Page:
Teamwork built and supported with employee communication and training hastened the turnaround, says production operator Ronnie Boykin, a 17-year veteran. "The unity of our people is our biggest achievement," adds Charlie Hite, production manager. He says management's practice of sharing knowledge and information has led employee attitudes from "good enough" to "an insatiable appetite for excellence."

That cultural change has brought customers back with improved quality, and other National Gypsum plants are now recruiting Wilmington personnel -- four production managers in four years, notes LePage.

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Training In A Plant Turnaround

Don't underplay -- or misinterpret -- training's significance in a plant turnaround situation, advises Steve LePage, plant manager at National Gypsum, Wilmington, N.C.

Start by carefully framing the mission in terms of objectives and people, advises LePage. That's how he took on the task of resuscitating manufacturing performance at the Wilmington plant.

Training's role in Wilmington's turnaround -- which began in January 2003 -- focuses on developing the potential of the plant's 68 employees. To gain that strategic performance value, LePage partnered with the local Cape Fear Community College. The courses, taught at the plant, emphasize leadership development and communications skills. LePage says the training program builds competitive advantages in terms of teamwork and collaboration.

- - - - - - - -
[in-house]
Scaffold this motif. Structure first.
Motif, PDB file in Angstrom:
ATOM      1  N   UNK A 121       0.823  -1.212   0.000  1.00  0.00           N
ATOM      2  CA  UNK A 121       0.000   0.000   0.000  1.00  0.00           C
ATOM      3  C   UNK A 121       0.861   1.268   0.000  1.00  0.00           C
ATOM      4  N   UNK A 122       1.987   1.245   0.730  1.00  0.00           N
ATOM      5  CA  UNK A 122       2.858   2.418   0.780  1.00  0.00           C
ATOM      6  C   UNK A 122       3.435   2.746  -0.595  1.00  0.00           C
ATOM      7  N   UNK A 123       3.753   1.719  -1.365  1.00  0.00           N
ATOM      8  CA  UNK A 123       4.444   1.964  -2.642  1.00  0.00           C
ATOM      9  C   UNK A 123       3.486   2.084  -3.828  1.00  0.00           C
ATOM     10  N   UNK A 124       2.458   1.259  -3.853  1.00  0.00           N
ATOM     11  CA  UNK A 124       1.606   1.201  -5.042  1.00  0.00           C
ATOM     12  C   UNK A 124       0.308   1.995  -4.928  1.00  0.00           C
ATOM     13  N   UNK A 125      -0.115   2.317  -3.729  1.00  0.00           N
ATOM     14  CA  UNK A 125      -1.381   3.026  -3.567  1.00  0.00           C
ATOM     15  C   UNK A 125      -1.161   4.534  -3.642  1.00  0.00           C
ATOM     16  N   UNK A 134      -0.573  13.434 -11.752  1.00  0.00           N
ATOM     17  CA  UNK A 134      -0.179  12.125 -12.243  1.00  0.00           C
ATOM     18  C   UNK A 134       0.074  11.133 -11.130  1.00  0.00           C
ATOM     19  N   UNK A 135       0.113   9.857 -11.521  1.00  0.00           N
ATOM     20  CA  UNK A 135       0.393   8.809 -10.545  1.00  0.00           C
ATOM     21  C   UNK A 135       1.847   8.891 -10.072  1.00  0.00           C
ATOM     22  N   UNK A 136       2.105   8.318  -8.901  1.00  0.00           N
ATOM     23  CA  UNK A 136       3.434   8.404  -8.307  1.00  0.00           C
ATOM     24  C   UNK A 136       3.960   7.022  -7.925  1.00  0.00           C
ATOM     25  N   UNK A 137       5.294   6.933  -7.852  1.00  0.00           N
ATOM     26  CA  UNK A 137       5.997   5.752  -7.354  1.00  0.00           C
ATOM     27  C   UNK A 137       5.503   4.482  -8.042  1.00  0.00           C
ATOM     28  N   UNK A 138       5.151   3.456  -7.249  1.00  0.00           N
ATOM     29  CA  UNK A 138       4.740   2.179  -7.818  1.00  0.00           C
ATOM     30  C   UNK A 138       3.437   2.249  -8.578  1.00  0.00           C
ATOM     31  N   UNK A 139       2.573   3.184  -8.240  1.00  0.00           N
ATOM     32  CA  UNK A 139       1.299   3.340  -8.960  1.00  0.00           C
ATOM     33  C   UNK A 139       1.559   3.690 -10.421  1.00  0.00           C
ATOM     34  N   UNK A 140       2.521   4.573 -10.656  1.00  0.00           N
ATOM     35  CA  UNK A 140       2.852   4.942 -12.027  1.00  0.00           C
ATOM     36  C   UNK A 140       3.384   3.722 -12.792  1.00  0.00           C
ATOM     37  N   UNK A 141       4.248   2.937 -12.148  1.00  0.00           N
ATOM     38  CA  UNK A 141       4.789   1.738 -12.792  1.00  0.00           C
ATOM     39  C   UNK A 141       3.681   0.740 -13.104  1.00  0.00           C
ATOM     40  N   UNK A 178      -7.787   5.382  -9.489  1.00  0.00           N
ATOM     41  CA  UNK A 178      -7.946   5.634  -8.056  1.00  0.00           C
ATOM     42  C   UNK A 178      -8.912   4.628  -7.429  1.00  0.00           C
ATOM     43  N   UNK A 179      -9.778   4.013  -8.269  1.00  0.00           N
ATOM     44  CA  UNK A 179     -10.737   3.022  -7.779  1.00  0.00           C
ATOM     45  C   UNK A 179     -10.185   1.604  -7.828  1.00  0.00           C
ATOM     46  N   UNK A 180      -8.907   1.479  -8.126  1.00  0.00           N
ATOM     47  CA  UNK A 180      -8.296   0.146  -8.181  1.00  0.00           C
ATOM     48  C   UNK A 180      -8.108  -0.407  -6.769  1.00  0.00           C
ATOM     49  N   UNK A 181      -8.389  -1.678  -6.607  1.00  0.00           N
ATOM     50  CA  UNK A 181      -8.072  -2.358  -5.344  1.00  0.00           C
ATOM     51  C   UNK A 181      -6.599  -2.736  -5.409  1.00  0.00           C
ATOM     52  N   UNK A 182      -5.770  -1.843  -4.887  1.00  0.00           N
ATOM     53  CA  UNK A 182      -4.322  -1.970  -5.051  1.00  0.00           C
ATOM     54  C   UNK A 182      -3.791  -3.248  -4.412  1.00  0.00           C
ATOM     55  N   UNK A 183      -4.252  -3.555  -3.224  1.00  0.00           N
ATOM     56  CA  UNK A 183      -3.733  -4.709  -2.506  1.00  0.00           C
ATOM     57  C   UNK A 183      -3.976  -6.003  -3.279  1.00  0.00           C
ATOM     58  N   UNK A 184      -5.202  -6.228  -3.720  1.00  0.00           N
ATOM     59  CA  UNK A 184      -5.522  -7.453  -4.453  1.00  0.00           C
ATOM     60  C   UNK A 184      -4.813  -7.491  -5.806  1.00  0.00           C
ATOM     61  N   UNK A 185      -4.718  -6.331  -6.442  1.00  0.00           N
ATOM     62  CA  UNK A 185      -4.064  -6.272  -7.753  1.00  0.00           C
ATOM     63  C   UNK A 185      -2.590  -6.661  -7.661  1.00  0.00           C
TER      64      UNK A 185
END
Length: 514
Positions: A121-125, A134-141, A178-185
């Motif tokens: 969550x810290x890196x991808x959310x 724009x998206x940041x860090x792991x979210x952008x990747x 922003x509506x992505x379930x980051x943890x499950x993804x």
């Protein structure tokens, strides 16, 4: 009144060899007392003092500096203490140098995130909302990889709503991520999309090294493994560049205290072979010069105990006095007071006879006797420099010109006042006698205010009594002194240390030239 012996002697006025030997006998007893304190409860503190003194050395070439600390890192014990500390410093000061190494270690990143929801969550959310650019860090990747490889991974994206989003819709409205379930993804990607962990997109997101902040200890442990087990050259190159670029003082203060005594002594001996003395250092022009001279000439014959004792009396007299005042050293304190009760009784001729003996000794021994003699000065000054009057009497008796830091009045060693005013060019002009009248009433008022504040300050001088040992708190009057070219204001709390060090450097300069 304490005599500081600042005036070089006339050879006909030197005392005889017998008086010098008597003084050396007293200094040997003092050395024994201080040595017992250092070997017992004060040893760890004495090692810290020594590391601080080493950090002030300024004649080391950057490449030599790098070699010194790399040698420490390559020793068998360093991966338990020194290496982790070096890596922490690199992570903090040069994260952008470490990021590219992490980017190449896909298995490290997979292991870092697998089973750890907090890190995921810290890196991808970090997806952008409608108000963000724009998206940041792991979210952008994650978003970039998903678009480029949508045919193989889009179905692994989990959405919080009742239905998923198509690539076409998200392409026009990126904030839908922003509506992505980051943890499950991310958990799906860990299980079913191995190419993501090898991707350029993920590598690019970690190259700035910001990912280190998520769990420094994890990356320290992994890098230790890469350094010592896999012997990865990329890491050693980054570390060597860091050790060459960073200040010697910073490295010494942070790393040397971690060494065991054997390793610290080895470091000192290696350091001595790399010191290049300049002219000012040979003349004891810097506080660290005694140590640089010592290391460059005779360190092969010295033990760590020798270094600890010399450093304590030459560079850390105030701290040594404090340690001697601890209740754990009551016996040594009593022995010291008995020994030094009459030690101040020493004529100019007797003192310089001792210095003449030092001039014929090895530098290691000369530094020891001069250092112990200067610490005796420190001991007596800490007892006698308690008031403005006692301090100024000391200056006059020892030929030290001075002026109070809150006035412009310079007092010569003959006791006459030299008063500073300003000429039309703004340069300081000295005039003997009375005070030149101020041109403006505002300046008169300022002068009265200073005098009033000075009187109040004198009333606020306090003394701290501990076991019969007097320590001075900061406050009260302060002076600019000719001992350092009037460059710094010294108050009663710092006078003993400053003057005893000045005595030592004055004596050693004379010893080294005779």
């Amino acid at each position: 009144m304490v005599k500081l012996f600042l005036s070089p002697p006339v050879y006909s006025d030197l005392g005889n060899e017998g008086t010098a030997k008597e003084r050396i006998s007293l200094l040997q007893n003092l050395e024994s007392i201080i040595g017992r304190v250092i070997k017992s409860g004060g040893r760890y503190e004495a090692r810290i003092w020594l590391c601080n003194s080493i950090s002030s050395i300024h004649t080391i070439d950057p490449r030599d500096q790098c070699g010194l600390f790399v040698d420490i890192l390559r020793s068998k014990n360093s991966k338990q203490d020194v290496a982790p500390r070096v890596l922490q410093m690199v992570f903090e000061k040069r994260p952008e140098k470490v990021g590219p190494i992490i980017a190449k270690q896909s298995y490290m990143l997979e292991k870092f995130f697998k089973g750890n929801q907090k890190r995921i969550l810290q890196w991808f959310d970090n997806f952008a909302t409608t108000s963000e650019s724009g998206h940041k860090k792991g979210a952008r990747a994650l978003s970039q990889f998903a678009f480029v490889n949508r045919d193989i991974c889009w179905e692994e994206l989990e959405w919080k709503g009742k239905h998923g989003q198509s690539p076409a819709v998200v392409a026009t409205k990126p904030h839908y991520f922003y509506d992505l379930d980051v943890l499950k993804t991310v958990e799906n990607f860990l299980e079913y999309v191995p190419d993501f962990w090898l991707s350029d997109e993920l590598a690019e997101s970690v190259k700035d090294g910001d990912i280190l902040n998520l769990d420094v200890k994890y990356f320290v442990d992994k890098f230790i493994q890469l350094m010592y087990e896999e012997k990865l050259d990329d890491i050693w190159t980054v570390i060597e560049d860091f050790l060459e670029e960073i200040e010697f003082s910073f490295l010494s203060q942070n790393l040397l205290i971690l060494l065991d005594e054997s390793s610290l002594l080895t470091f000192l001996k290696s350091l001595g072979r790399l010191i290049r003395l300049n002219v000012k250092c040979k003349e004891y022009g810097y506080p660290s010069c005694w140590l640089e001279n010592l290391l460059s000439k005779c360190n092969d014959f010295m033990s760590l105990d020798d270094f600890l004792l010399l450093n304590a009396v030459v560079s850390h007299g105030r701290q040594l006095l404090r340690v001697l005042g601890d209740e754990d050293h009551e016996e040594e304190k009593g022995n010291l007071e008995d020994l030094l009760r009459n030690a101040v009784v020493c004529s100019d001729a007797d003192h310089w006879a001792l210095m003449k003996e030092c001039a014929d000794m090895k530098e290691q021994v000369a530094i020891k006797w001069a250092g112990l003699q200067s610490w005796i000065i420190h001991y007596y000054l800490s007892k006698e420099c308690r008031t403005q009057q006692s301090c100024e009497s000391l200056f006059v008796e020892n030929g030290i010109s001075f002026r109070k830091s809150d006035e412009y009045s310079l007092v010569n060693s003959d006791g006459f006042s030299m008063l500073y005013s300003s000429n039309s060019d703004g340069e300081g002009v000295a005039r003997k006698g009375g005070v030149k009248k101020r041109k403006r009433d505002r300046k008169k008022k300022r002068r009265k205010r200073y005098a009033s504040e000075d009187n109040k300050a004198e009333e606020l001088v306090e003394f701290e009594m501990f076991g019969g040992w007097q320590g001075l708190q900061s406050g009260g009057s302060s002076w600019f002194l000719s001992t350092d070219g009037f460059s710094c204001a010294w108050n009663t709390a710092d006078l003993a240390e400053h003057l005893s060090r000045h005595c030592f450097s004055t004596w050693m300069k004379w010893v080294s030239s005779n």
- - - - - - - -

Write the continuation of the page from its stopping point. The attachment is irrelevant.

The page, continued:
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Training began with supervisors participating in nine sessions, each three hours long. The modules include such topics as Giving Constructive Feedback, Resolving Team Conflicts, Taking Corrective Action and Getting Your Ideas Across.

LePage says the program has been so successful that he wishes he had included hourly associates earlier. This year, lead operators are receiving 30 hours of training, and 55 hourly workers are receiving 14 hours of Global Working Skills training. The training is continuous, with a new curriculum of study each year. LePage says the Wilmington training program has been designated as a role model for all of National Gypsum's 20 plants.

In addition to the community college courses, Wilmington trains associates to perform multiple jobs. Associates know they can advance through cross training and welcome the opportunity. This has helped the plant balance its labor pool and overtime requirements.

Creating The Appetite For Excellence

Do your employees "know" each other -- other than being able to associate a corporate position with an e-mail address? Can your employees associate a name with the personality? Have they evolved off-the-job interaction and relationships that can help facilitate collaboration on the job?

That's how plant manager Steve LePage is playing a charitable activity at National Gypsum Co., Wilmington, N.C. The event is a Mini-Grand Prix that last year raised $25,000 for Duke University's Children Hospital.

Because it's fun and purposeful, this charitable effort involves nearly all of the 68 associate at the facility. LePage says the excitement, camaraderie and competitive spirit spill over into the manufacturing tasks at the Wilmington wallboard manufacturing plant. The process builds an appetite for excellence, adds LePage.

Work begins by building a race car and designing a paint scheme sporting the company colors and product brands.